Amnesty Int'l USA v. CIA, No. 07-5435, 2010 WL 3033822 (S.D.N.Y. Aug. 2, 2010) (Preska, J.). Upon reviewing its public and classified declarations, the court concluded that the CIA properly invoked Exemption 7(A) because a "law enforcement proceeding was pending,""records have been compiled for a law enforcement purposes" in connection with CIA OIG investigations, and disclosure of information could reasonably be expected to interfere with those ongoing investigations.

Quinto v. DOJ, No. 09-2068, 2010 WL 1882164 (D.D.C. May 11, 2010) (Huvelle, J.). "The records at issue here - communications to the BOP from the U.S. Attorney's office regarding an inmate's placement within the network of institutions under BOP control - are clearly related to the enforcement of federal laws. . . . There is a direct relationship between the BOP's duty to ensure the safety of inmates, staff, and the community and its professional decisions as to where and how to house inmates."

Banks v. DOJ, No. 06-1950, 2010 WL 1172593 (D.D.C. Mar. 26, 2010) (Sullivan, J.) (parties' motions for summary judgment denied without prejudice). Exemption 7 (threshold). Defendant BOP failed to show that the records it withheld under Exemptions 7(C) and 7(F) were compiled for law enforcement purposes. "[T]he agency appears to rely solely on its status as a law enforcement agency as the premise from which the Court should conclude that any record it maintains was compiled for law enforcement purposes." This is insufficient.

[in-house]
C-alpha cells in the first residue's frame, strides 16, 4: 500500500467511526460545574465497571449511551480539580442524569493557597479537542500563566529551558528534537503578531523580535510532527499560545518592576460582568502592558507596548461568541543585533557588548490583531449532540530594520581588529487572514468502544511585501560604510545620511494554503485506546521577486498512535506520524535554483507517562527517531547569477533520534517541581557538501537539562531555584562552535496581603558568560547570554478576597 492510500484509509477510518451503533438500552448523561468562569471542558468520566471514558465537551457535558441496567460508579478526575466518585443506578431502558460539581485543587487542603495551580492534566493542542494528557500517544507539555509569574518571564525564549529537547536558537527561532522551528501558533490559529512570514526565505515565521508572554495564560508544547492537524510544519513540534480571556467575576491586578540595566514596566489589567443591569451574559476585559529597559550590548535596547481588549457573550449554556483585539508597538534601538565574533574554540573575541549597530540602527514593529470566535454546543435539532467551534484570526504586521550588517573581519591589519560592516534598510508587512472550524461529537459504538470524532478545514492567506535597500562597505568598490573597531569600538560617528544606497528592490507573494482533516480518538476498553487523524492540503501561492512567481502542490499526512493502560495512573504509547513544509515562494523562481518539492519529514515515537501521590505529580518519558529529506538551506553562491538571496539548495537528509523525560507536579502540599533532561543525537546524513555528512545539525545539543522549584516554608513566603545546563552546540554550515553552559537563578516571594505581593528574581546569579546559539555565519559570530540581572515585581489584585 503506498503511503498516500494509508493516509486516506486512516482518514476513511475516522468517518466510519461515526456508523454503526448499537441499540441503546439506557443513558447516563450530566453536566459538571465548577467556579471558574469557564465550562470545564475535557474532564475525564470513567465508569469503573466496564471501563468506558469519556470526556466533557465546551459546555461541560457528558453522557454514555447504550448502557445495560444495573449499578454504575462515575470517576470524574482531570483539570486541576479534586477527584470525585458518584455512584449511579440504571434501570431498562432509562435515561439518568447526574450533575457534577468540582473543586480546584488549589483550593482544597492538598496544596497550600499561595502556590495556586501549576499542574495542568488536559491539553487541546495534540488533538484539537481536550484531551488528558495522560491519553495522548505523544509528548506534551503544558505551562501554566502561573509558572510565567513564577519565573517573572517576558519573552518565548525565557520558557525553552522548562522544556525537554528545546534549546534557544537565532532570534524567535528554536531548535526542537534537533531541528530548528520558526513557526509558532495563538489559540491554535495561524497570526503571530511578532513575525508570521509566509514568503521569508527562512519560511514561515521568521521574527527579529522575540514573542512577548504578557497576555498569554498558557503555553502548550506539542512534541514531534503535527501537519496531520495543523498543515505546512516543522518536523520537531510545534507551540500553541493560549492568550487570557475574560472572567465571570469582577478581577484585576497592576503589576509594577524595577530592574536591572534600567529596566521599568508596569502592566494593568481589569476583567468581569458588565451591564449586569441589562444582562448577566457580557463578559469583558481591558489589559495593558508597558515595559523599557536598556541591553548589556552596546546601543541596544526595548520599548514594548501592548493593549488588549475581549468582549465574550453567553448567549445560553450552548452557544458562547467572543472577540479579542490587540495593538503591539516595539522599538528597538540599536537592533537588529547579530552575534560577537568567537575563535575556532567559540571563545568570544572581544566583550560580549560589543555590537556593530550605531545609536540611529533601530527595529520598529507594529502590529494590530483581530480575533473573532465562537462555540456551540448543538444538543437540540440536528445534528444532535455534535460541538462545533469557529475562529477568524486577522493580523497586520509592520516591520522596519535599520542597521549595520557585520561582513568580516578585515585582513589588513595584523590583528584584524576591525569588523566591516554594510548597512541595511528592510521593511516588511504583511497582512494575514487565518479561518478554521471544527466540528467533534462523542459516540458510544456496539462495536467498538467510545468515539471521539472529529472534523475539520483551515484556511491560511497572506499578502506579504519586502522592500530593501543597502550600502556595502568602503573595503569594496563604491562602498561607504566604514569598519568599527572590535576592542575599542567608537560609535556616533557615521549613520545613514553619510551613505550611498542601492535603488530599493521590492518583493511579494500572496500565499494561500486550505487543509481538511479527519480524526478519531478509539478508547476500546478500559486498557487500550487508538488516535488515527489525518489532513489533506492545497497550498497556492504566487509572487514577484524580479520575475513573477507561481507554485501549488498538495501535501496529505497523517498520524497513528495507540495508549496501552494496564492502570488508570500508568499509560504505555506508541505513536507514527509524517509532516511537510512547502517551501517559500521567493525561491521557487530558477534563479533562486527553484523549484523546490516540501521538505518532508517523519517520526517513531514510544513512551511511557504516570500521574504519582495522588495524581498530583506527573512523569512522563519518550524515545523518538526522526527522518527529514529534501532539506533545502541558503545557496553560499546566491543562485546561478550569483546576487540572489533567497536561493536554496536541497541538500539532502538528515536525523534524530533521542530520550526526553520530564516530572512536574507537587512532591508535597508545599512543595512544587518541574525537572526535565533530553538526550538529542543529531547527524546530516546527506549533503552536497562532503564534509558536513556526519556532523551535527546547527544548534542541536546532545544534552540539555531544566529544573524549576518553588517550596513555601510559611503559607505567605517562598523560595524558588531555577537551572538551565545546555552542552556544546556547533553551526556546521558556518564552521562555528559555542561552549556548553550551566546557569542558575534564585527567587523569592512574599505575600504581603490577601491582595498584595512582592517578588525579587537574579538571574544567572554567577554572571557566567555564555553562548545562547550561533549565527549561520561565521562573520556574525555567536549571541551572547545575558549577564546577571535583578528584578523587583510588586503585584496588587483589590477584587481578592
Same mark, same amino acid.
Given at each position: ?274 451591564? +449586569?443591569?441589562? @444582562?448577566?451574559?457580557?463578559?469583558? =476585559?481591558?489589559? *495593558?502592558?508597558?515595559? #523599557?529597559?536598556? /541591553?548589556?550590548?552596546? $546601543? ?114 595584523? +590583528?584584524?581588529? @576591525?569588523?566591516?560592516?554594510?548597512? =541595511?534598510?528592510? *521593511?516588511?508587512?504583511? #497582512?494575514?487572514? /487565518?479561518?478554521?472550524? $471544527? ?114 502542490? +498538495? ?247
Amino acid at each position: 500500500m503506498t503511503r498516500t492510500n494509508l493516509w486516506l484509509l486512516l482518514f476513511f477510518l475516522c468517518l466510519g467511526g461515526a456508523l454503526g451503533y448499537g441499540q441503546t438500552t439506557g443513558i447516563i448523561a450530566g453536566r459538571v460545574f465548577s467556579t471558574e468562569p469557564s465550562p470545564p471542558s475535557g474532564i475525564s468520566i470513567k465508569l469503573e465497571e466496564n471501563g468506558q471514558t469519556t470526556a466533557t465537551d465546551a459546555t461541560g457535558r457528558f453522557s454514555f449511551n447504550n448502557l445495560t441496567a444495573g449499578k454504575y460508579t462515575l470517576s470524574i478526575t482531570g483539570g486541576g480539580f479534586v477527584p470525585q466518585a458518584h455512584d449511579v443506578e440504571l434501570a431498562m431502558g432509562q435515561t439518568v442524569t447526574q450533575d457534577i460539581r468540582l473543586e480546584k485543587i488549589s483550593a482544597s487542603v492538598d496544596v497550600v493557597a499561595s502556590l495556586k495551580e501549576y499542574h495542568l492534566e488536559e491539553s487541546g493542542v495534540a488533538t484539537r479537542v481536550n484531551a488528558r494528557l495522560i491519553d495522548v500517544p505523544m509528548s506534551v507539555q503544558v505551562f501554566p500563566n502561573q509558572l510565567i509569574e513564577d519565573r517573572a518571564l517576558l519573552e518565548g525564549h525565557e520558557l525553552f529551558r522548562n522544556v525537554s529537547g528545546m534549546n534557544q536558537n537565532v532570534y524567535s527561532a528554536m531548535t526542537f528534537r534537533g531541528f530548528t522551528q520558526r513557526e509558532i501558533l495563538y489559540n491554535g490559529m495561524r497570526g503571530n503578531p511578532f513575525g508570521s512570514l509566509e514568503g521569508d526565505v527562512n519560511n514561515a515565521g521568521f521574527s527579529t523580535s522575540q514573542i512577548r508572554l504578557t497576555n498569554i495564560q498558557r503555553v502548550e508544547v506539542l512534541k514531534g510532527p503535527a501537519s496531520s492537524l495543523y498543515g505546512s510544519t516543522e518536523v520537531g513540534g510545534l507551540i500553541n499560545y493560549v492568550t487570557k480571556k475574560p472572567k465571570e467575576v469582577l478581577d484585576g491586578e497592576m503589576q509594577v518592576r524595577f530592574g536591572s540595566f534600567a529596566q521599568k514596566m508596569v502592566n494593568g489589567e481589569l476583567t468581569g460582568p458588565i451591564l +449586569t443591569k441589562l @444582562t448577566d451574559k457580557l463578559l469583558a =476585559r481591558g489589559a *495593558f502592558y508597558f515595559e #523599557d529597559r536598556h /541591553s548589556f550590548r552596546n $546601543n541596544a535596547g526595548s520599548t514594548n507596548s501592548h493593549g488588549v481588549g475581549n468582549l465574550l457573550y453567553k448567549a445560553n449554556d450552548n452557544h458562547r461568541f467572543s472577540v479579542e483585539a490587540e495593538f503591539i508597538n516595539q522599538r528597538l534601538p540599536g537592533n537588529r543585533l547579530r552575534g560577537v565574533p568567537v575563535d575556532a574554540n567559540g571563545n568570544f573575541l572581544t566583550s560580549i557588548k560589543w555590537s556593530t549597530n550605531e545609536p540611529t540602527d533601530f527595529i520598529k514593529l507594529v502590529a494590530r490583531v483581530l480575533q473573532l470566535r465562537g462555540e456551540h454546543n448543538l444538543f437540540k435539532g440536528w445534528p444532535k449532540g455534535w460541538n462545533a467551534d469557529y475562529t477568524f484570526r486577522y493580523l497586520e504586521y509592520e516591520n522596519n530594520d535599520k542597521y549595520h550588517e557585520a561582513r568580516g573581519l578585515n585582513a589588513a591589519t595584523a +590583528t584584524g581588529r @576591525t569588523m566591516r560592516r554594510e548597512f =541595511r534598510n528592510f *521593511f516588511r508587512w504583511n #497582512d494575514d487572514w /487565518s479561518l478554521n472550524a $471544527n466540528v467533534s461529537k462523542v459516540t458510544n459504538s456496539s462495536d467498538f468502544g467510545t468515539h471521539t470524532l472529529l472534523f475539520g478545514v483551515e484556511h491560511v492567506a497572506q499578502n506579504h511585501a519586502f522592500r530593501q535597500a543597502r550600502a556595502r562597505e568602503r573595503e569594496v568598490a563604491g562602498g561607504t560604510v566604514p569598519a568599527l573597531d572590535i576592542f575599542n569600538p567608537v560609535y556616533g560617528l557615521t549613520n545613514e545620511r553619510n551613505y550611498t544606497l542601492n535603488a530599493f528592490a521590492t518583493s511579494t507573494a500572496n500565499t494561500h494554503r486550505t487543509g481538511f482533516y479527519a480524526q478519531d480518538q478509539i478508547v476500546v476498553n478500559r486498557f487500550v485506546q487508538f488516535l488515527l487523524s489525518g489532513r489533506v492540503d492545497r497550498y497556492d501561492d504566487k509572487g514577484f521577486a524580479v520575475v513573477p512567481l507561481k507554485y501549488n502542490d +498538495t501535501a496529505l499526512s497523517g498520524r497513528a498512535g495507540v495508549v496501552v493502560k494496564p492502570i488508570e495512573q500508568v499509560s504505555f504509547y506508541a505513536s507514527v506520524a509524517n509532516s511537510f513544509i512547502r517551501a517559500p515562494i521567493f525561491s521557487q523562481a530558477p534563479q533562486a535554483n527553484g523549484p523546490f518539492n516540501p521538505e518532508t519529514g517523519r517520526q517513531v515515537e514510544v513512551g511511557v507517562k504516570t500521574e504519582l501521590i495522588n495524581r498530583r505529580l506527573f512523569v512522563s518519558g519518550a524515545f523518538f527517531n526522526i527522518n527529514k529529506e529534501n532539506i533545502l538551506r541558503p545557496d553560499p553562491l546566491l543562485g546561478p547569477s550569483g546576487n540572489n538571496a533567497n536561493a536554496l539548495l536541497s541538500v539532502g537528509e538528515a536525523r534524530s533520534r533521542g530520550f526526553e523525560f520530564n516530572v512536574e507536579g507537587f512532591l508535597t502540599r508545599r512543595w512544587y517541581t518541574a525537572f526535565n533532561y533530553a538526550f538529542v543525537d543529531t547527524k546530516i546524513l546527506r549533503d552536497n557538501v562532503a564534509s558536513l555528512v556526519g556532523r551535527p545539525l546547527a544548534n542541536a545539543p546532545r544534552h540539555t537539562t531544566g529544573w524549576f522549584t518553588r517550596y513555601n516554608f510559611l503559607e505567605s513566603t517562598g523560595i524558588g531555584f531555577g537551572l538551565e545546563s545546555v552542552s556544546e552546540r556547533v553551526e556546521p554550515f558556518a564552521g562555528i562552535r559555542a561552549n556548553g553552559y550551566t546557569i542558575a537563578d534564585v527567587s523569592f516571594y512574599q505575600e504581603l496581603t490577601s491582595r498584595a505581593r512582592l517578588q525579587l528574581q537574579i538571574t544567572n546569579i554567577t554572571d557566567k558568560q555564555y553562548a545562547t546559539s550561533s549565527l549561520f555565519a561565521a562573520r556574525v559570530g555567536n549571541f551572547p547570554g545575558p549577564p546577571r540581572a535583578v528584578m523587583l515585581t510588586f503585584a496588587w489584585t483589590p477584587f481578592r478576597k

Bilderbeek v. DOJ, No. 08-1931, 2010 WL 1049618 (M.D. Fla. Mar. 22, 2010) (Antoon, J.). "Despite the [plaintiffs'] protestations that the DEA has been 'duped' into investigating their purported criminal activity, the Court concludes that a plausible basis existed for the agency's decision to investigate. . . . In light of Plaintiff's own statement that Colombian government officials implicated them in violations of federal law, a plausible basis for the DEA's decision to investigate Plaintiffs and their company existed."

Sellers v. DOJ, No. 08-0840, 2010 WL 545939 (D.D.C. Feb. 17, 2010) (Kennedy, J.). The FBI's declaration establishes that the responsive records were "'compiled as a result of the FBI's legitimate law enforcement activities,'" and plaintiff does not dispute that.

Lasko v. DOJ, No. 08-1850, 2010 WL 537551 (D.D.C. Feb. 17, 2010) (Friedman, J.). "The DEA has met its threshold obligation by showing that . . . the responsive records [including investigation reports, reports of drugs seized, an arrest warrant, and a criminal complaint] were compiled for law enforcement purposes."

Karantsalis v. DOJ, No. 09-22910 (S.D. Fla. Dec. 14, 2009) (Huck, J.) (slip op.). As an initial matter, the court finds that the two responsive mug shot photos meet the threshold of Exemption 7. "[I]t is clear the booking photographs were compiled for a law enforcement purposes because the Marshals Service is a law enforcement agency tasked with the 'receipt, processing and transportation of prisoners held in the custody of a marshal or transported by the U.S. Marshals Service.'"